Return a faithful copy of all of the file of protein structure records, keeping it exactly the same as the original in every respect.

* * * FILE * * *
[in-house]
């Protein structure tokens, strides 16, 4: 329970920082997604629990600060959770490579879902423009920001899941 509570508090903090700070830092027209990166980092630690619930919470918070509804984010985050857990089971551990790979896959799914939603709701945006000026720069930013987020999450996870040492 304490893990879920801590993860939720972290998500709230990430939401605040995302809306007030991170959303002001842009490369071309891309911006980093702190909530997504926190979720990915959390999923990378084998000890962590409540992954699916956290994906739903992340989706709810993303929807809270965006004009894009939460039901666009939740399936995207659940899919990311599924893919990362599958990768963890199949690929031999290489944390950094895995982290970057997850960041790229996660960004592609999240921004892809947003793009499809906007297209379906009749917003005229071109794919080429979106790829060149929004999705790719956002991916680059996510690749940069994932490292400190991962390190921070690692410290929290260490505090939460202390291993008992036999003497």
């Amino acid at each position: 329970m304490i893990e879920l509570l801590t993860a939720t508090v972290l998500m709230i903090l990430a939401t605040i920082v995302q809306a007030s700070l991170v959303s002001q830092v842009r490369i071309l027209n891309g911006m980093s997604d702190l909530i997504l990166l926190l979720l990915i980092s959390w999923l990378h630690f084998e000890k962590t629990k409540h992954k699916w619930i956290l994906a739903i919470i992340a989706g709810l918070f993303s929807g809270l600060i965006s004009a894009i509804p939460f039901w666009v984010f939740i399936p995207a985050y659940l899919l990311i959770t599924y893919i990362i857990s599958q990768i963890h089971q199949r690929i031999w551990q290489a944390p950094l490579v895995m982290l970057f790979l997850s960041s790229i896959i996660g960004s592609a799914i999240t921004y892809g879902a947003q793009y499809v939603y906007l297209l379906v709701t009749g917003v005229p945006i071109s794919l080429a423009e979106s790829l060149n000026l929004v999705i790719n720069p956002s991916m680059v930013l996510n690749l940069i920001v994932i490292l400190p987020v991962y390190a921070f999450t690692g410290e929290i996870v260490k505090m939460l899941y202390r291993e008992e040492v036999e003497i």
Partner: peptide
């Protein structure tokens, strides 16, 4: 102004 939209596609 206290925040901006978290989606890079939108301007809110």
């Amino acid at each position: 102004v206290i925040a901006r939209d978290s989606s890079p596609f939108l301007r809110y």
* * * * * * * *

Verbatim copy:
[in-house]
């Protein structure tokens, strides 16, 4: 329970920082997604629990600060959770490579879902423009920001899941 509570508090903090700070830092027209990166980092630690619930919470918070509804984010985050857990089971551990790979896959799914939603709701945006000026720069930013987020999450996870040492 304490893990879920801590993860939720972290998500709230990430939401605040995302809306007030991170959303002001842009490369071309891309911006980093702190909530997504926190979720990915959390999923990378084998000890962590409540992954699916956290994906739903992340989706709810993303929807809270965006004009894009939460039901666009939740399936995207659940899919990311599924893919990362599958990768963890199949690929031999290489944390950094895995982290970057997850960041790229996660960004592609999240921004892809947003793009499809906007297209379906009749917003005229071109794919080429979106790829060149929004999705790719956002991916680059996510690749940069994932490292400190991962390190921070690692410290929290260490505090939460202390291993008992036999003497």
């Amino acid at each position: 329970m304490i893990e879920l509570l801590t993860a939720t508090v972290l998500m709230i903090l990430a939401t605040i920082v995302q809306a007030s700070l991170v959303s002001q830092v842009r490369i071309l027209n891309g911006m980093s997604d702190l909530i997504l990166l926190l979720l990915i980092s959390w999923l990378h630690f084998e000890k962590t629990k409540h992954k699916w619930i956290l994906a739903i919470i992340a989706g709810l918070f993303s929807g809270l600060i965006s004009a894009i509804p939460f039901w666009v984010f939740i399936p995207a985050y659940l899919l990311i959770t599924y893919i990362i857990s599958q990768i963890h089971q199949r690929i031999w551990q290489a944390p950094l490579v895995m982290l970057f790979l997850s960041s790229i896959i996660g960004s592609a799914i999240t921004y892809g879902a947003q793009y499809v939603y906007l297209l379906v709701t009749g917003v005229p945006i071109s794919l080429a423009e979106s790829l060149n000026l929004v999705i790719n720069p956002s991916m680059v930013l996510n690749l940069i920001v994932i490292l400190p987020v991962y390190a921070f999450t690692g410290e929290i996870v260490k505090m939460l899941y202390r291993e008992e040492v036999e003497i």
Partner: peptide
């Protein structure tokens, strides 16, 4: 102004 939209596609 206290925040901006978290989606890079939108301007809110």
């Amino acid at each position: 102004v206290i925040a901006r939209d978290s989606s890079p596609f939108l301007r809110y």